People are always divided on whether physical things are better than digital, and the divide has grown more in favour of digital in recent years when it comes to video games.  But is digital really better?  Or has the lack of physical copies, especially in the PC market, forced us to think differently?

It’s no secret that I love to play video games.  My first console was a Sega Mega Drive (or Sega Genesis to those in North America), and I have considered and called myself a gamer ever since.  For years the only type of games you could get were physical cartridges and later discs.  The online world wasn’t as big as it is now and many people never played games online or could only connect on certain specially made for online play, games.  Playing an offline single player game was common and nobody had any problems buying physical copies and looking after their games.  But over the last couple of decades a slow shift has happened, and in the last few years physical games are no longer as popular as digital ones.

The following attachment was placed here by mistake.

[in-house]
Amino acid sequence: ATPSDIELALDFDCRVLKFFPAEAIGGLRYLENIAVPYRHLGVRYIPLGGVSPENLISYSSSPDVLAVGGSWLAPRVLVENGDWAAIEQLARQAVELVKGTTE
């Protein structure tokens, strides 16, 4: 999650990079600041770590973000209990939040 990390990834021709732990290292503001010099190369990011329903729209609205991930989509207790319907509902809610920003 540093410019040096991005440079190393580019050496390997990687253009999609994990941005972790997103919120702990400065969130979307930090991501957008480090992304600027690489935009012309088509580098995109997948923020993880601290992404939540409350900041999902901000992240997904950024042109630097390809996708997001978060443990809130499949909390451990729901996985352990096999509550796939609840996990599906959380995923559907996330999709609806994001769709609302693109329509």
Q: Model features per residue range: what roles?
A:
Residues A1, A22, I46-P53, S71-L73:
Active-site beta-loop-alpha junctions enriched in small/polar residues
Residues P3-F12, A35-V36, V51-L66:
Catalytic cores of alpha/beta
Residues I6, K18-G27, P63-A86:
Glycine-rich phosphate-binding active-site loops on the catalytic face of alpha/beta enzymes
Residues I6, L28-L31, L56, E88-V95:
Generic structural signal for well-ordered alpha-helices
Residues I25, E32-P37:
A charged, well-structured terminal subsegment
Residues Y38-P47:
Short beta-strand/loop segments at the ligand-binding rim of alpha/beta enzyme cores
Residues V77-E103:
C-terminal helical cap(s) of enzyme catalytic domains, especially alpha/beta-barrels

The digital takeover

With new technologies and better internet connection worldwide than ever before, people are buying more games online.  This trend has been most felt in the PC market.  Physical stores such as STEAM have greatly increased this rise with many owning hundreds even thousands of games on the platform, more than they would ever own physically.  As STEAM grew however it led to the decline of physical games, not only because of the popularity and ease of online buying and gaming, but they began to force people away from the physical market, by getting rid of the opportunity to buy physical games.